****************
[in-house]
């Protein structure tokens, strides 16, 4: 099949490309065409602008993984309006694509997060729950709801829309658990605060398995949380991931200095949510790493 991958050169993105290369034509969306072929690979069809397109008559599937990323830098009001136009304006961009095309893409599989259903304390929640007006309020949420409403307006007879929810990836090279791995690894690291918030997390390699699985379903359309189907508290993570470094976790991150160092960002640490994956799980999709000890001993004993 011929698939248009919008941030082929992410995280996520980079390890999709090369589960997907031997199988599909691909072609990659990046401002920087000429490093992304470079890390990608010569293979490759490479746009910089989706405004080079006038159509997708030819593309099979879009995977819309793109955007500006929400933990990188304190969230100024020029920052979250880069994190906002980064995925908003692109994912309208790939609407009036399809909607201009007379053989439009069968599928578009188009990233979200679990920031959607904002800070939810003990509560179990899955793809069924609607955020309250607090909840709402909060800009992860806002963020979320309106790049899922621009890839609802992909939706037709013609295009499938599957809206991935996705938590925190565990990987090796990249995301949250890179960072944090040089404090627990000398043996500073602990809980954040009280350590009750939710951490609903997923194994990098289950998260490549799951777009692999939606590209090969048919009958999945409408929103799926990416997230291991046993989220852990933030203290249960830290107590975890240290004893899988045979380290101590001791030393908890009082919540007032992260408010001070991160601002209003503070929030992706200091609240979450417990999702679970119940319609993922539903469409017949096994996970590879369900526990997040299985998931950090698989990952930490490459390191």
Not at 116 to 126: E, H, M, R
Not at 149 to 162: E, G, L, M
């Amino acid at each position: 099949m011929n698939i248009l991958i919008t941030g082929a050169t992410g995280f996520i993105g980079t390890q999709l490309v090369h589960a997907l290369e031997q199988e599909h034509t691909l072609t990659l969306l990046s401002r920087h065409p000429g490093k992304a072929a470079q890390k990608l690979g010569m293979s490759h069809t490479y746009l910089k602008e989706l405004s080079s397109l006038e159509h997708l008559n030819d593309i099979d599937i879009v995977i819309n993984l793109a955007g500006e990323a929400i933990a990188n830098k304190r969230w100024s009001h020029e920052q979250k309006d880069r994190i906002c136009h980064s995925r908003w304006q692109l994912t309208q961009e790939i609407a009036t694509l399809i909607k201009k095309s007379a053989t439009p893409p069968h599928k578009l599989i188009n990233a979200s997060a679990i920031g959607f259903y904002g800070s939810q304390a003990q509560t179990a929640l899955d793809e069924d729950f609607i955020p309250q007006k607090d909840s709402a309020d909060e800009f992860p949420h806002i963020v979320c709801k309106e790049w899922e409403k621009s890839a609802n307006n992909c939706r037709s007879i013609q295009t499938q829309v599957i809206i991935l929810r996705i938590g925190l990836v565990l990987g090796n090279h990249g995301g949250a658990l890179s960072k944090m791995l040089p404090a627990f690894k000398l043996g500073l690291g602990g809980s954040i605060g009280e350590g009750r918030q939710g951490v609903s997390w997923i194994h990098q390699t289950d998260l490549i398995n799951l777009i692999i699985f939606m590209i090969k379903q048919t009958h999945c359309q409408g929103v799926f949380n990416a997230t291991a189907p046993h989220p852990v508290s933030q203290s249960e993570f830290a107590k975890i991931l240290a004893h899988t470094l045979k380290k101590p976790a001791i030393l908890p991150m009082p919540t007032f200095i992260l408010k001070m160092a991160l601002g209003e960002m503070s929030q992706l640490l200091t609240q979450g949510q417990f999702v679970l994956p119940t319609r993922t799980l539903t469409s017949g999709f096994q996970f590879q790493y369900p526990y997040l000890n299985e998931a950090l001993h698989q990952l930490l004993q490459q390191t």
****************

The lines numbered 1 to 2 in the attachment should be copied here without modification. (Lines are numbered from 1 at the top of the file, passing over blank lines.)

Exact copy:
[in-house]
């Protein structure tokens, strides 16, 4: 099949490309065409602008993984309006694509997060729950709801829309658990605060398995949380991931200095949510790493 991958050169993105290369034509969306072929690979069809397109008559599937990323830098009001136009304006961009095309893409599989259903304390929640007006309020949420409403307006007879929810990836090279791995690894690291918030997390390699699985379903359309189907508290993570470094976790991150160092960002640490994956799980999709000890001993004993 011929698939248009919008941030082929992410995280996520980079390890999709090369589960997907031997199988599909691909072609990659990046401002920087000429490093992304470079890390990608010569293979490759490479746009910089989706405004080079006038159509997708030819593309099979879009995977819309793109955007500006929400933990990188304190969230100024020029920052979250880069994190906002980064995925908003692109994912309208790939609407009036399809909607201009007379053989439009069968599928578009188009990233979200679990920031959607904002800070939810003990509560179990899955793809069924609607955020309250607090909840709402909060800009992860806002963020979320309106790049899922621009890839609802992909939706037709013609295009499938599957809206991935996705938590925190565990990987090796990249995301949250890179960072944090040089404090627990000398043996500073602990809980954040009280350590009750939710951490609903997923194994990098289950998260490549799951777009692999939606590209090969048919009958999945409408929103799926990416997230291991046993989220852990933030203290249960830290107590975890240290004893899988045979380290101590001791030393908890009082919540007032992260408010001070991160601002209003503070929030992706200091609240979450417990999702679970119940319609993922539903469409017949096994996970590879369900526990997040299985998931950090698989990952930490490459390191």